Smells and bells: Turning to Orthodoxy

December 28, 2004

On the third day of Easter, I stood in front of the Holy Trinity Cathedral in Kiev, Ukraine. With me was a prominent scholar of American religion who was visiting Eastern Europe for the first time. We were watching a priest and his flock process around the cathedral with icons, incense and crosses. “Have you heard that more Americans are becoming Orthodox?” she asked me, smirking slightly. “Smells and bells. One more way to have someone tell you what to do and what to think.”

Her remarks touched on a question of increasing importance in American Christianity. With trends toward mega-churches and worship as entertainment, and with heated debates in some denominations about the ordination of homosexuals, American Christianity seems to be moving in a less orthodox rather than a more orthodox direction. In the United States, Eastern Orthodox Christianity remains a very small religious group (just 1.3 percent of the population). To many American Christians, Orthodoxy is an obscure and foreign type of religion.

But the observation of the visiting scholar was not incorrect. The past several decades have seen an increase in conversions to Orthodoxy in the U.S. Frederica Mathewes-Green writes that nearly half the students in Orthodoxy’s two largest American seminaries—Holy Cross and St. Vladimir’s—are converts. The number of Antiochian Orthodox churches in the U.S. has doubled—to over 250 parishes and missions—in 20 years. The Antiochian Church, unlike most Orthodox organizations in the U.S., has committed itself to seeking converts in North America and sees itself “on a mission to bring America to the ancient Orthodox Christian faith.” The missions organization of this branch of Orthodoxy estimates that 80 percent of its converts come from evangelical and charismatic orientations, with 20 percent coming from mainline denominations.

In 1987, Peter Gillquist, a former leader in Campus Crusade for Christ, and 200 others in a single evangelical congregation made national headlines when they were chrismated (or confirmed) into the Antiochian Orthodox Church. In the ensuing years a slow trickle of converts has followed them. Daniel Clendenin suggests that while Orthodoxy may be too small to have an effect on American religion as a whole, conversions may be having a “seismic impact” on the way the faith is practiced in the U.S. In the context of American Christianity, Orthodoxy may seem archaic and irrelevant. Yet it has a strong appeal to many. The question is: why? Is it exoticism, as my colleague suggested? Is it a desire for stability in the midst of rapid culture change? Are conversions a form of protest or, as Gillquist writes, a form of homecoming?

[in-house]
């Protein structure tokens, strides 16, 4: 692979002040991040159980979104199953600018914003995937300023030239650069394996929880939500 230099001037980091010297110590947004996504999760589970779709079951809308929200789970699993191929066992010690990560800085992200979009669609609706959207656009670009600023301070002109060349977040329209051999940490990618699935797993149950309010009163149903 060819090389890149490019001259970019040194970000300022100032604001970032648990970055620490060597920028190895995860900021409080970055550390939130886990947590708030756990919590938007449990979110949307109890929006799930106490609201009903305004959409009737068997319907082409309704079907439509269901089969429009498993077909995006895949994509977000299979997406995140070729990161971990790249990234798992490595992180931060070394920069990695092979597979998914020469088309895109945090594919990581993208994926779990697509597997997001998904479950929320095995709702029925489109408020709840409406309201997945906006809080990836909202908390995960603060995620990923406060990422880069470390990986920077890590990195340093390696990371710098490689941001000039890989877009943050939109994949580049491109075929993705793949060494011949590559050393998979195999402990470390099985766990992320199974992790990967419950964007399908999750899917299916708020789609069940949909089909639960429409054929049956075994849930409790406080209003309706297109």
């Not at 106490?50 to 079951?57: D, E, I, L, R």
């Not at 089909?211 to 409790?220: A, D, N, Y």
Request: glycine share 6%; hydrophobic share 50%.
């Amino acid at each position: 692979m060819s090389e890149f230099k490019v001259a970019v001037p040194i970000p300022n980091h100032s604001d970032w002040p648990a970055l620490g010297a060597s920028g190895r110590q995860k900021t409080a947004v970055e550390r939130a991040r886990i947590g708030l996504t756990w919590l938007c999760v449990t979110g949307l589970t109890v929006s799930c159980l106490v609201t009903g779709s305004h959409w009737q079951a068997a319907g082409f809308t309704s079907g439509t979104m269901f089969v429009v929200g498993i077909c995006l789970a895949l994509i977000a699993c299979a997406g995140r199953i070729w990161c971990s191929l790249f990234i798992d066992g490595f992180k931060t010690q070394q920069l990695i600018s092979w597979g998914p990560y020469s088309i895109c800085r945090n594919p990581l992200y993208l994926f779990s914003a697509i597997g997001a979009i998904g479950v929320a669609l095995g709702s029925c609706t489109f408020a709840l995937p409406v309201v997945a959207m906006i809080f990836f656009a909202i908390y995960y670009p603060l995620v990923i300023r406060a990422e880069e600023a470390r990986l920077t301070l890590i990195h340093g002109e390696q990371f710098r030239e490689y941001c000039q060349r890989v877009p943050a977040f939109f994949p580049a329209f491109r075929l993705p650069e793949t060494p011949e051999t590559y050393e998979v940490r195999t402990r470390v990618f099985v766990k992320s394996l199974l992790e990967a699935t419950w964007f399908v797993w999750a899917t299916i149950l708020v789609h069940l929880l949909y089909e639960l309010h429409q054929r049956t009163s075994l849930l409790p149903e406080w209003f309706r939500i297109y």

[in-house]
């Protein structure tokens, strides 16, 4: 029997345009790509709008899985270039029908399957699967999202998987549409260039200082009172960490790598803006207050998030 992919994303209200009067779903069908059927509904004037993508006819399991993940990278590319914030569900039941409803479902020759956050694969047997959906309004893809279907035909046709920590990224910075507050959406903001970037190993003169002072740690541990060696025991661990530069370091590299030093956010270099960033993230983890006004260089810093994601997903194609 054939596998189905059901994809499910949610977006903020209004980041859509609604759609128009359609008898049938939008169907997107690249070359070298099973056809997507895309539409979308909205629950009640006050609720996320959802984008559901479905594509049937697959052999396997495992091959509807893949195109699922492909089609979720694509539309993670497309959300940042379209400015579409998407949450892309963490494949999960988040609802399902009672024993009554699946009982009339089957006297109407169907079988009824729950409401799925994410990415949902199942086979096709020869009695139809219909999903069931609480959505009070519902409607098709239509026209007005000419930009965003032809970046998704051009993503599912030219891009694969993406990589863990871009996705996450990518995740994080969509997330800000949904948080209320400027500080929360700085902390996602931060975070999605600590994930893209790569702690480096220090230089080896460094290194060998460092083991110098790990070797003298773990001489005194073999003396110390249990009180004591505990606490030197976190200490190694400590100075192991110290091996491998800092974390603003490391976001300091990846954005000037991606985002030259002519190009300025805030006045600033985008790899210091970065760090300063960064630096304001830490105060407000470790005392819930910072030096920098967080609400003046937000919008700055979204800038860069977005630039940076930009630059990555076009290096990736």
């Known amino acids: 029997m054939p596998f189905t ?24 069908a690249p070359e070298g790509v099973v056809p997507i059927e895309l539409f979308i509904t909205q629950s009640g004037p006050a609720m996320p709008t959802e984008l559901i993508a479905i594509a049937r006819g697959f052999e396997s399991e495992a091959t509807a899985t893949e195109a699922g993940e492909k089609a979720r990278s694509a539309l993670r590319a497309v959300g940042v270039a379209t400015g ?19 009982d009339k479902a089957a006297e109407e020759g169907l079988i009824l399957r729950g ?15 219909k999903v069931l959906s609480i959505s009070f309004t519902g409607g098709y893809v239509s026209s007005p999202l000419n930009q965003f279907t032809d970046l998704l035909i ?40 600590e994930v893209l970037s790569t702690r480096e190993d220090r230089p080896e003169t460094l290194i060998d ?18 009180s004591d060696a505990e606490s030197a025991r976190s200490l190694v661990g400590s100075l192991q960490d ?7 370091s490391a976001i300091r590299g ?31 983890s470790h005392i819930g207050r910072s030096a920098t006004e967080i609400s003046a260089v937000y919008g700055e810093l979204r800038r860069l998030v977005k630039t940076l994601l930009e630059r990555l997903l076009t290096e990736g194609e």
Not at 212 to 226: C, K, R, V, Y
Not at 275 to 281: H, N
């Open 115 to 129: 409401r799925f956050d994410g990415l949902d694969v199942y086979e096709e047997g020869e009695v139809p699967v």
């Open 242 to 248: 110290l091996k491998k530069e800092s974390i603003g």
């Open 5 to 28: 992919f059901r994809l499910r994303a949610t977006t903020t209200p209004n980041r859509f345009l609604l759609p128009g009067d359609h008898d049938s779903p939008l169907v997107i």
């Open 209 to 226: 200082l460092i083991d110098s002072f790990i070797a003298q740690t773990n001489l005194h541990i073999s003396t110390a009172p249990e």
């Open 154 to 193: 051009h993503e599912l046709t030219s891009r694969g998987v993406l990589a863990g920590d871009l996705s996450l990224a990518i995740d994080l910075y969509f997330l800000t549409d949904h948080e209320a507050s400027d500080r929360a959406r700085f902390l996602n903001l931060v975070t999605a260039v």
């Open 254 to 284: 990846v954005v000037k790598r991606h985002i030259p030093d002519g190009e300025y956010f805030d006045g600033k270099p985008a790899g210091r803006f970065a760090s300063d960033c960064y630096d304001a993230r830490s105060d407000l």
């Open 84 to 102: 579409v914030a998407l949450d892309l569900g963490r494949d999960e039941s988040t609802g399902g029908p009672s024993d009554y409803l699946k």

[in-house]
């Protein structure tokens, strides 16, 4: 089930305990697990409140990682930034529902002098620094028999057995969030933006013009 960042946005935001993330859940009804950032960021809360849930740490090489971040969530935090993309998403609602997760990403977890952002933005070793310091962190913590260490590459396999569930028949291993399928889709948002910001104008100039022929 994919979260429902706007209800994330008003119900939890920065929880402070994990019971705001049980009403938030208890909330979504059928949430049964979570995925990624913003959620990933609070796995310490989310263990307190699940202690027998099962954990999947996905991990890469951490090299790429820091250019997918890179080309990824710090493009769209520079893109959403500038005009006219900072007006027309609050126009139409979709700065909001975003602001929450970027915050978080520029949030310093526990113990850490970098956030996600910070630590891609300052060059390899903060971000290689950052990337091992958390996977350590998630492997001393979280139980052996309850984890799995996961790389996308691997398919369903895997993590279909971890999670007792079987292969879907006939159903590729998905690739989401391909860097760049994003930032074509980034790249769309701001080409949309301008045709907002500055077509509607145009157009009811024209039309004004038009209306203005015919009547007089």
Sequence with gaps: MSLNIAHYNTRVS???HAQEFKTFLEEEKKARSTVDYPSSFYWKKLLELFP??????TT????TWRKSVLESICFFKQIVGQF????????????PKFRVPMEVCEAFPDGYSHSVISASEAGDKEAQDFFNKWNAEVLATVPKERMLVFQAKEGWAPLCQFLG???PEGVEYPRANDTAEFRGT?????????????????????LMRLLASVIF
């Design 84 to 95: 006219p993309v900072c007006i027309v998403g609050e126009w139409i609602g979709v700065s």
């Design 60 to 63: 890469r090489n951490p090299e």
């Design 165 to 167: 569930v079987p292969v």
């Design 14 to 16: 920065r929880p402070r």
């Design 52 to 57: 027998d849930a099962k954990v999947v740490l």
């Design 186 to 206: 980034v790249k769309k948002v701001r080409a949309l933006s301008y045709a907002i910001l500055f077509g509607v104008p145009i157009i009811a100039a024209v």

In order to answer these questions, I decided to sit down with some converts and listen to their stories. What I learned is that converts find in Orthodoxy an antidote to American Christianity’s individualism and commercialism. While some of them seem to be reinventing Orthodoxy in America’s image, others are struggling to reinvent themselves in Orthodoxy’s image. This contrast can be striking.

In central Colorado, far from the traditional centers of Orthodoxy in Constantinople, Moscow and Mount Athos, is a small monastery where five monks live together on the sagebrush foothills of the Buffalo Range. Their abbot, Archbishop Gregory, is a renowned iconographer and something of a renegade. The denomination to which he belongs, the Russian Orthodox Autonomous Church (ROAC), is not in communion with most other Orthodox, who it claims have strayed from the true faith via the evils of “ecumenism.” Archbishop Gregory has joined and left several different groups on the fringes of Orthodoxy, and the Colorado monastery itself has changed hands more than once.